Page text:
Four Principles: Personhood, Common Good, Solidarity, Subsidiarity
With these four principles we can grasp human society in its entirety and consider this reality truthfully. They are interrelated and we, as human beings, must act in accordance with them. No human can reasonably situate himself outside of social life. We have responsibility through the Commandment of love of God and neighbour to help others, to serve the common good, to help every individual live a dignified life, and to protect the intrinsic rights of groups and associations.
This is covered in the previous section, under The Dignity of the Human Person.
Vatican II defined the Common Good as “the sum total of social conditions which allows people, either as groups or as individuals, to reach their fulfilment more fully and more easily.” It is about the progress of persons.
A society that wishes and intends to remain at the service of the human being at every level is a society that has the common good – the good of all people and of the whole person as its primary goal.
We must be interested in the good of all, even of people nobody thinks about because they have no voice and no power. The goods of the earth are there for everyone. The common good consists not only of the material or external good of all human beings; it also includes the comprehensive good of the human being, including even the spiritual good.
The common good of society is not an end in itself. It is only part of a bigger picture, the ultimate end of which is God. The common good, as a mere materialistic socio-economic ideal, would count for little without any transcendental goal.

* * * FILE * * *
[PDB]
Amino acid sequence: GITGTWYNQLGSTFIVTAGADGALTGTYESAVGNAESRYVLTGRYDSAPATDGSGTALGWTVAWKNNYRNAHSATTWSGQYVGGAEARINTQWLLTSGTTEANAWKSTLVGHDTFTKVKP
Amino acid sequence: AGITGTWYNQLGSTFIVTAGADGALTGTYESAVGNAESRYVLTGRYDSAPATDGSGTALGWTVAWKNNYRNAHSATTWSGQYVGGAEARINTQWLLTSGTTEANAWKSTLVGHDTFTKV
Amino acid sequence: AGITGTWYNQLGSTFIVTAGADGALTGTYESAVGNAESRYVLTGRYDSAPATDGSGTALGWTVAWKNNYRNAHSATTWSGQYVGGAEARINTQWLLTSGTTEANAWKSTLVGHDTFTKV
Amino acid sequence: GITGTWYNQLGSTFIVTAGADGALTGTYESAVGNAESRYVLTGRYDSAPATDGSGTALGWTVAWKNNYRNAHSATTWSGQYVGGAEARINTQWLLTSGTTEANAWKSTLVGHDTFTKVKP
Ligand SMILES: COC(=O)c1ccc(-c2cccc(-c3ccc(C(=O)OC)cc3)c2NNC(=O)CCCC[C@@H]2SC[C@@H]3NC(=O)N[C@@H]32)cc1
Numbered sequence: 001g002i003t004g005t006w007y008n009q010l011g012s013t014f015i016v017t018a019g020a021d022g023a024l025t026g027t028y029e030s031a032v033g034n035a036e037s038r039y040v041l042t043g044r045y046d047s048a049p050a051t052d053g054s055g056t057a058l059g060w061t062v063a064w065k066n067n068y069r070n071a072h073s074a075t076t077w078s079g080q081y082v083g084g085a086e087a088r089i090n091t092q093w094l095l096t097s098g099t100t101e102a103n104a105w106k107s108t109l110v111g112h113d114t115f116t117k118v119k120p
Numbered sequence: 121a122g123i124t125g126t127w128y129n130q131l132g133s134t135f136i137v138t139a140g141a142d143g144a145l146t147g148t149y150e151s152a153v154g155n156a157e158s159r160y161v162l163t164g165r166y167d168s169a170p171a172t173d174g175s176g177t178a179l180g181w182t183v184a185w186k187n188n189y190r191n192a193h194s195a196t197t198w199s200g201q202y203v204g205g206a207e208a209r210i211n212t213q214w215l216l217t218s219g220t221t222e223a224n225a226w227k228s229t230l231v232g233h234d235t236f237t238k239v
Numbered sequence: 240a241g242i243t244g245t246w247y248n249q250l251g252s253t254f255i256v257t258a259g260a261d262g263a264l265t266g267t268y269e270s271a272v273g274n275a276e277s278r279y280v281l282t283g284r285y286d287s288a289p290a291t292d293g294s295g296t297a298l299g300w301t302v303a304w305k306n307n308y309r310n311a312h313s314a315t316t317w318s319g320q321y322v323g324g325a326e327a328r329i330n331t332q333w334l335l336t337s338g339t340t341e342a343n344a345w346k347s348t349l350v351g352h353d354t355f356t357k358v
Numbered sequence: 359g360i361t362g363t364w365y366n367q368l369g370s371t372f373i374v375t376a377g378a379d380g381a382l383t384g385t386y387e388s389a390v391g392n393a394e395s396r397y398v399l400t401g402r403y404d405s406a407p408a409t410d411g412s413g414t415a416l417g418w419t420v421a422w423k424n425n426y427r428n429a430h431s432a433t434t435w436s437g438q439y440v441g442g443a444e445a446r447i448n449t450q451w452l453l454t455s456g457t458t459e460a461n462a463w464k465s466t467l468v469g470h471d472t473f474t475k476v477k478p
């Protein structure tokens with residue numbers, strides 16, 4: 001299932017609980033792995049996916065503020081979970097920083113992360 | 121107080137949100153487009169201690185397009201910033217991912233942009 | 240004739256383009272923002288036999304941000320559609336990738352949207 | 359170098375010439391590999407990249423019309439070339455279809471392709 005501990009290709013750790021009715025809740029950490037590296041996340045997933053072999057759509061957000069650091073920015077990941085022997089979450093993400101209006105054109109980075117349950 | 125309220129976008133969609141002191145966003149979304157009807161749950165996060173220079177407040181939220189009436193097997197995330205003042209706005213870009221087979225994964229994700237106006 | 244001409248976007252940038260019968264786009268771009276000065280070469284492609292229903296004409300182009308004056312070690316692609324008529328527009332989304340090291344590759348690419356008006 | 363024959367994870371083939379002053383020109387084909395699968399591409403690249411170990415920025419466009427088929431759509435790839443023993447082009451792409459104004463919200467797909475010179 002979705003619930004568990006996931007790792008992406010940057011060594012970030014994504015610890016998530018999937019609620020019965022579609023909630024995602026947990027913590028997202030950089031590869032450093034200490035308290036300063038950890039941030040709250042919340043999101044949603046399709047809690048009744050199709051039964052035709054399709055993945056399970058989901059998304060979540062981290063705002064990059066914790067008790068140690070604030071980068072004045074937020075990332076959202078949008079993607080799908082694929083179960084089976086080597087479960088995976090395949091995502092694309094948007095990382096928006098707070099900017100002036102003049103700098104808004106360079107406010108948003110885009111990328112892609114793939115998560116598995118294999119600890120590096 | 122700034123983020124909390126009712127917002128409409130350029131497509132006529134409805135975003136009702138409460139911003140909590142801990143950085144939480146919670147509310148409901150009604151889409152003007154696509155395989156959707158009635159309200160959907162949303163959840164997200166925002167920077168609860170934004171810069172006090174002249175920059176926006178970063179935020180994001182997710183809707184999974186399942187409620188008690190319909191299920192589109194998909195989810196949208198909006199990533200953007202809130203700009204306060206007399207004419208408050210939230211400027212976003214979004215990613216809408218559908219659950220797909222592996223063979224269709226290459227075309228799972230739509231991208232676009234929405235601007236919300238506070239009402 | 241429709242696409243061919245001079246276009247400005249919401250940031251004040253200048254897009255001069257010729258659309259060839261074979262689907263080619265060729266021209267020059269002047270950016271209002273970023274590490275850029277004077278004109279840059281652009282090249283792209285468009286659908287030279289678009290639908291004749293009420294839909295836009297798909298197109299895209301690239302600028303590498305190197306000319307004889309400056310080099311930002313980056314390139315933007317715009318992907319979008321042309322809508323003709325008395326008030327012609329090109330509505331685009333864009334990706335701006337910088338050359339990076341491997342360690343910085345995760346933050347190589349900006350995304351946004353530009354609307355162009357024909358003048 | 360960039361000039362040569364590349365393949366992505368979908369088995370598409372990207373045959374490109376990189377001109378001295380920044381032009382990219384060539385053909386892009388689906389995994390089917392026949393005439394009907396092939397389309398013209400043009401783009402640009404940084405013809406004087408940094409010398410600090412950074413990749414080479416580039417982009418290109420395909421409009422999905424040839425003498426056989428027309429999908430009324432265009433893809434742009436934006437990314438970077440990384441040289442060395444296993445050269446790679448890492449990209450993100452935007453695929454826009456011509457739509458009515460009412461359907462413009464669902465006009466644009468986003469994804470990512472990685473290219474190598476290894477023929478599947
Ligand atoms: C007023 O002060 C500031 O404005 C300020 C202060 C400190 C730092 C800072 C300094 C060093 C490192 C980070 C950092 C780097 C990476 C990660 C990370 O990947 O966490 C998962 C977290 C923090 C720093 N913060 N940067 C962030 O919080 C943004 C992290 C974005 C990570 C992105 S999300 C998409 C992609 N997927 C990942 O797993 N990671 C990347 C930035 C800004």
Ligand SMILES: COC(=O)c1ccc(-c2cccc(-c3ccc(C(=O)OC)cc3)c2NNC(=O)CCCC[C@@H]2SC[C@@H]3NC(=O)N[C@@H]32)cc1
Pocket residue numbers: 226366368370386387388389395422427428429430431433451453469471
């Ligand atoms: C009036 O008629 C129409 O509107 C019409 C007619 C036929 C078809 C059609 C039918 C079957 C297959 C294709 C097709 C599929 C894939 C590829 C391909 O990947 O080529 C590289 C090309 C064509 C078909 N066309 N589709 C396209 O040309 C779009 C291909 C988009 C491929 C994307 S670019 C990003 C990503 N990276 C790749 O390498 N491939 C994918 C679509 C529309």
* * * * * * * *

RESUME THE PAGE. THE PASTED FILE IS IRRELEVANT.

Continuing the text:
The Common Good and Politics
The Catechism of the Catholic Church clearly states that “it is the role of the state to defend and promote the common good of civil society, its citizens, and intermediate bodies.”
The common good, in fact, is the very reason that political authority exists.
It is the role of political institutions to make available to persons the necessary material, cultural, moral and spiritual goods required to allow each individual to achieve their full development. Among the duties of government is the need to harmonise different sectoral interests with the requirements of justice. It is an extremely delicate task but one of great importance.
The Universal Destination of Goods
God created the world for all and the goods of the world should in principle, be at the disposal of all and for the good of all, without preferential treatment. John Paul II in the encyclical letter Centesimus Annus states: “the earth, by reason of its fruitfulness and its capacity to satisfy human needs, is God’s first gift for the sustenance of human life.”
Every person has the right to what is vitally necessary and this must not be withheld from him. The Church accepts that there is a right to property and that there will always be differences in how much people own, but if some have more while others lack the bare necessities there is a need for charity and also for justice.
Is private property permissible? It is reasonable for there to be private property; through work and the acquiring of private property a person shapes the earth and makes a piece of it his own. Private property encourages freedom and independence and it also encourages the individual to preserve and care for his property. The Second Vatican Council, in Gaudium et spes, states that private property and other forms of private ownership of goods “assure a person a highly necessary sphere for the exercise of his personal and family autonomy and ought to be considered as an extension of human freedom….stimulating exercise of responsibility, it constitutes one of the conditions for civil liberty.”